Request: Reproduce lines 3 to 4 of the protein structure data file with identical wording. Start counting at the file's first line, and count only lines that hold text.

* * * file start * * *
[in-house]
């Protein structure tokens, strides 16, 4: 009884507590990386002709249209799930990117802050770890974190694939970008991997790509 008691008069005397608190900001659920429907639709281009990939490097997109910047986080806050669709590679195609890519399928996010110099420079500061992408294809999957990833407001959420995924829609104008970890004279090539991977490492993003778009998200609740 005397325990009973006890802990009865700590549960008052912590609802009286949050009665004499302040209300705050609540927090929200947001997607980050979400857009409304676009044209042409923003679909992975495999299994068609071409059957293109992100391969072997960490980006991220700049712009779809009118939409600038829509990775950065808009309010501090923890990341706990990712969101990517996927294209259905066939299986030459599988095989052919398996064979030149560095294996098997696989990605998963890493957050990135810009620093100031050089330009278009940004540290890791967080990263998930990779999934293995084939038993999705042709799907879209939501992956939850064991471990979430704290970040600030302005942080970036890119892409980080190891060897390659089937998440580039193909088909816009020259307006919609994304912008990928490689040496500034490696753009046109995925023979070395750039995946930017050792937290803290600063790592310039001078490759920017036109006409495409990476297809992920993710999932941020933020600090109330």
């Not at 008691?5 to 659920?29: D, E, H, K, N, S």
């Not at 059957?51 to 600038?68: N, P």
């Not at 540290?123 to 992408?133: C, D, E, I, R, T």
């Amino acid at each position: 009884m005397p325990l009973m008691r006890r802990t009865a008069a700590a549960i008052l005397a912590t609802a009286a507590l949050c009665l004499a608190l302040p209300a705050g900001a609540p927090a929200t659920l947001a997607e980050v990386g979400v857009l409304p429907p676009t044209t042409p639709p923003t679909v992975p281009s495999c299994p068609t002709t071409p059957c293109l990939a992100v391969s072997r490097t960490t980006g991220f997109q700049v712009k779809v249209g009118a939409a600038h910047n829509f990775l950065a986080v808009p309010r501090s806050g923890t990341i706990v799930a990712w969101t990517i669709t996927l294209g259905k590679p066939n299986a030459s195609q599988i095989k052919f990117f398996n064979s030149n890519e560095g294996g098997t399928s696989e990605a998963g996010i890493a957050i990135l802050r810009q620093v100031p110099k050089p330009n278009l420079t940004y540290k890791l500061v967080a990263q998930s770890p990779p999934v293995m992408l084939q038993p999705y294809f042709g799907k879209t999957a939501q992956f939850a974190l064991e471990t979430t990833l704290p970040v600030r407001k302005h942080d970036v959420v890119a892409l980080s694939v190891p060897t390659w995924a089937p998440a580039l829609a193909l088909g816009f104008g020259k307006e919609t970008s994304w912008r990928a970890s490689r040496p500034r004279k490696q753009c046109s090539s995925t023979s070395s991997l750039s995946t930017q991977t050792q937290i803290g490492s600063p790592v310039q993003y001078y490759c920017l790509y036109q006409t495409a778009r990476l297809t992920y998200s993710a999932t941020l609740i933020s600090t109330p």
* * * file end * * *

């Not at 008691?5 to 659920?29: D, E, H, K, N, S």
């Not at 059957?51 to 600038?68: N, P």